Saturday, April 10, 2004

The burst of panic over the current unrest in Iraq is somewhat amusing to those of us old fogeys whose memories extend back as far as those long-ago days of, oh, around mid-2003. Back then, if you'll recall, a fairly large, well-organized insurgency was running an effective guerrilla campaign against the occupying US troops, inflicting steady casualties and preventing order from being imposed on several major locales. Military operations against the insurgents were allegedly killing, injuring or just inconveniencing large numbers of Iraqi civilians, provoking them to resent and even oppose the American occupiers. The way was thus supposedly being paved for the return of a revitalized Saddam Hussein on the heels of a fleeing US occupation force, sick of taking bullets for a sullen, hostile populace.

Today, despite appearances, the combined Sunni-Shia "uprising" is not a serious threat to the US occupation forces. I expect that within a few weeks at most, the rebellion will have been thoroughly quashed, Muqtada al-Sadr will be either killed, captured or in hiding, and American troops will once again be in fairly complete control of Iraq. Unfortunately, that's where the Americans' problem starts.

For the current unrest is not really a severe problem in itself, but rather a symptom of a much larger one: the massive power vaccuum into which former Ba'athists and al-Sadr are attempting to step. The Americans have concentrated excessively on "reconstruction" and democracy, rather than building a credible (that is, sufficiently force-projecting) domestic alternative to the former Ba'athist power structure. Worse still, they've announced their intention to, in effect, cut and run by mid-year, handing over authority to a pitifully weak provisional government. The door has thus been opened for both Sunni remnants of the old regime and Shia agents of neighboring Iran to fill the void the US troops will leave behind.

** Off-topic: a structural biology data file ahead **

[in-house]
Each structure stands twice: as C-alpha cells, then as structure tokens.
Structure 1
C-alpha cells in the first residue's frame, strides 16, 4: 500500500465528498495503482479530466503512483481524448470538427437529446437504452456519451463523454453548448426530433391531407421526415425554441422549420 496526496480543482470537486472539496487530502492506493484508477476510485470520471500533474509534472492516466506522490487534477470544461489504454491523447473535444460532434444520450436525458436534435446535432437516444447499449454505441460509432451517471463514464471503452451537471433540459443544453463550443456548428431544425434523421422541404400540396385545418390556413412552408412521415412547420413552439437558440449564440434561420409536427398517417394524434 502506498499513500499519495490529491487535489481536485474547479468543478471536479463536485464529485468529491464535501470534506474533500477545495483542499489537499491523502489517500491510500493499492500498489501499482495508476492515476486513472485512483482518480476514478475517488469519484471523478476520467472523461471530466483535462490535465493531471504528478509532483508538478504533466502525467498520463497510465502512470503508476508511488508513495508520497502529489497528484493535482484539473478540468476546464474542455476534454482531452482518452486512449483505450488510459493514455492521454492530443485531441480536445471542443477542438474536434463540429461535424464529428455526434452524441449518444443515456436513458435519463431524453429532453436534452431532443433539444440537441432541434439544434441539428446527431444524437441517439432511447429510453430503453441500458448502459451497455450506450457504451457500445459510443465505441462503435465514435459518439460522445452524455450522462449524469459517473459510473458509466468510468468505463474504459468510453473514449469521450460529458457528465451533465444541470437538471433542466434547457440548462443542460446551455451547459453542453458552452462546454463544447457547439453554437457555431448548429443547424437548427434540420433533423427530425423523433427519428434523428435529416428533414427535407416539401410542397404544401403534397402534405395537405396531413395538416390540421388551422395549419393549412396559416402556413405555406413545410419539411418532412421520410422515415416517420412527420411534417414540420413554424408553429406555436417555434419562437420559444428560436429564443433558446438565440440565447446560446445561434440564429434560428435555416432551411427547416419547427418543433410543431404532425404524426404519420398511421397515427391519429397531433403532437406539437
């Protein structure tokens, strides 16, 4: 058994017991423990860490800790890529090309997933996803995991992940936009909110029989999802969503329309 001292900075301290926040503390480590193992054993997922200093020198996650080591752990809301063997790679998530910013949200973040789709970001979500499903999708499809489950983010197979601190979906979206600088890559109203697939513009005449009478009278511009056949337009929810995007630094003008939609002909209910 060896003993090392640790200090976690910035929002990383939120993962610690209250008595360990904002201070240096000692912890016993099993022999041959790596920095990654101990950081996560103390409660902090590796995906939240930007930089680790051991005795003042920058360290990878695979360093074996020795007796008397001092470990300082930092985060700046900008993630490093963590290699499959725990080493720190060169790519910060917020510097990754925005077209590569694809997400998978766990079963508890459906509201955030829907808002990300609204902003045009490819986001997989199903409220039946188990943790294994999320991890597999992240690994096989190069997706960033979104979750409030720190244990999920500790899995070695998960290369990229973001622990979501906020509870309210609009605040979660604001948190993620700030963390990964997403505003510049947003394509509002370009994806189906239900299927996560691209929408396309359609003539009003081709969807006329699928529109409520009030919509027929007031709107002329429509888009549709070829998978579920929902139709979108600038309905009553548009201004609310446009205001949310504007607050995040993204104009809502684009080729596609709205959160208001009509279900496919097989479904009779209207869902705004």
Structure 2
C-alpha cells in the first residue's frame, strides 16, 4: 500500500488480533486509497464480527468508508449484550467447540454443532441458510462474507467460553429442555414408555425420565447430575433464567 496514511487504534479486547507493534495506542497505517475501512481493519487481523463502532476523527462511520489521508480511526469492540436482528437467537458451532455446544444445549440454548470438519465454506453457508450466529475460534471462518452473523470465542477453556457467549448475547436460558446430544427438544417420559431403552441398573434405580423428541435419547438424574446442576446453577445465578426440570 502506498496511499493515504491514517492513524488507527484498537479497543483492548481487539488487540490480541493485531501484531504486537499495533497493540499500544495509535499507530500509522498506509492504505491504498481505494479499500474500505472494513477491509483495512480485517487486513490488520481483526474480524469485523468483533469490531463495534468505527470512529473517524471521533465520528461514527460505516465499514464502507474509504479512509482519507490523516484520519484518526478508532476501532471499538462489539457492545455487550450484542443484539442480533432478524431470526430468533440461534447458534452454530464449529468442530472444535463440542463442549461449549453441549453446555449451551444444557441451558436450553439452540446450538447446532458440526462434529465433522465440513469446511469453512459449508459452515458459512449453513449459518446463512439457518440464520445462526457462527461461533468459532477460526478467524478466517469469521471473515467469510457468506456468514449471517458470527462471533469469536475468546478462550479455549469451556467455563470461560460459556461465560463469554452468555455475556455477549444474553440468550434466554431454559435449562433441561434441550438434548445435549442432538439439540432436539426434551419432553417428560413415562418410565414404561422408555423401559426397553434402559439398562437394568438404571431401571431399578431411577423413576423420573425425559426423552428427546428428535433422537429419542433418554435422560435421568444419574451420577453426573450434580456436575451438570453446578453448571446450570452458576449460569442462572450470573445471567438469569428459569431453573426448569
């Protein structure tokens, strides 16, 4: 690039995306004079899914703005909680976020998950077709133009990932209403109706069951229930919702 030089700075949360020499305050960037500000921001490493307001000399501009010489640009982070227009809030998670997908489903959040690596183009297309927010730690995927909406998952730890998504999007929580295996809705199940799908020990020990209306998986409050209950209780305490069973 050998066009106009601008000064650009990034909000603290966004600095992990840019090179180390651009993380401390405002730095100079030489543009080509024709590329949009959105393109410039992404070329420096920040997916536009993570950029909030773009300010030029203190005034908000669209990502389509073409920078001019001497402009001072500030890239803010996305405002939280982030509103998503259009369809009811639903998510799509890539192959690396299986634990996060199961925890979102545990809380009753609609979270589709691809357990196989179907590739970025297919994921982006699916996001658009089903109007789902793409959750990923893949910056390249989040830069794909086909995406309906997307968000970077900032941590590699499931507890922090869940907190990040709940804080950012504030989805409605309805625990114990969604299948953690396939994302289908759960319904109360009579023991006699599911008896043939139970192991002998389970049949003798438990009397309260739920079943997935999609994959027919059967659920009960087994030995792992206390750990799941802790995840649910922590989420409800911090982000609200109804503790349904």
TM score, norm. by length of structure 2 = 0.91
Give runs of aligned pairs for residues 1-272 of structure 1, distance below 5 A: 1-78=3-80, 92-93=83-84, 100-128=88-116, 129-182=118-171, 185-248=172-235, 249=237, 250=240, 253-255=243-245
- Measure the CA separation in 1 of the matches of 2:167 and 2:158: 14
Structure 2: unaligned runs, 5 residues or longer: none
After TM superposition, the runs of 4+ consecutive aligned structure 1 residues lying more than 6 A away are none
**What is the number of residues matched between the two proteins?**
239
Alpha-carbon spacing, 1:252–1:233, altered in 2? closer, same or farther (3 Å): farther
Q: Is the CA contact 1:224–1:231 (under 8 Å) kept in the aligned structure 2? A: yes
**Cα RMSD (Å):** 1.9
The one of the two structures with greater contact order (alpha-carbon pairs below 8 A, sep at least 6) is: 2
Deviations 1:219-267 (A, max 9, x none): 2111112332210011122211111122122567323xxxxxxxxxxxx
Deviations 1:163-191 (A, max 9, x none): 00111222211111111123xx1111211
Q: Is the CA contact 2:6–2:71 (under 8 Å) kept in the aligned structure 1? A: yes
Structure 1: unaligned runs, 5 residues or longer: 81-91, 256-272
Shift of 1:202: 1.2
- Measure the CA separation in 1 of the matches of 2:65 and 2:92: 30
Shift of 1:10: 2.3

I argued eight months ago that the pursuit of democracy in Iraq was getting in the way of the urgently-needed process of building a credible governmental power structure there, and that the consequences of these misplaced priorities would be disastrous for both the US and Iraq. This past week's troubles are not themselves the disastrous consequences of which I spoke. Rather, they are a mere hint of the chaos that will reign--and the ease with which foreign powers like Iran will exploit it--if the Americans stick to their publicly stated plans.

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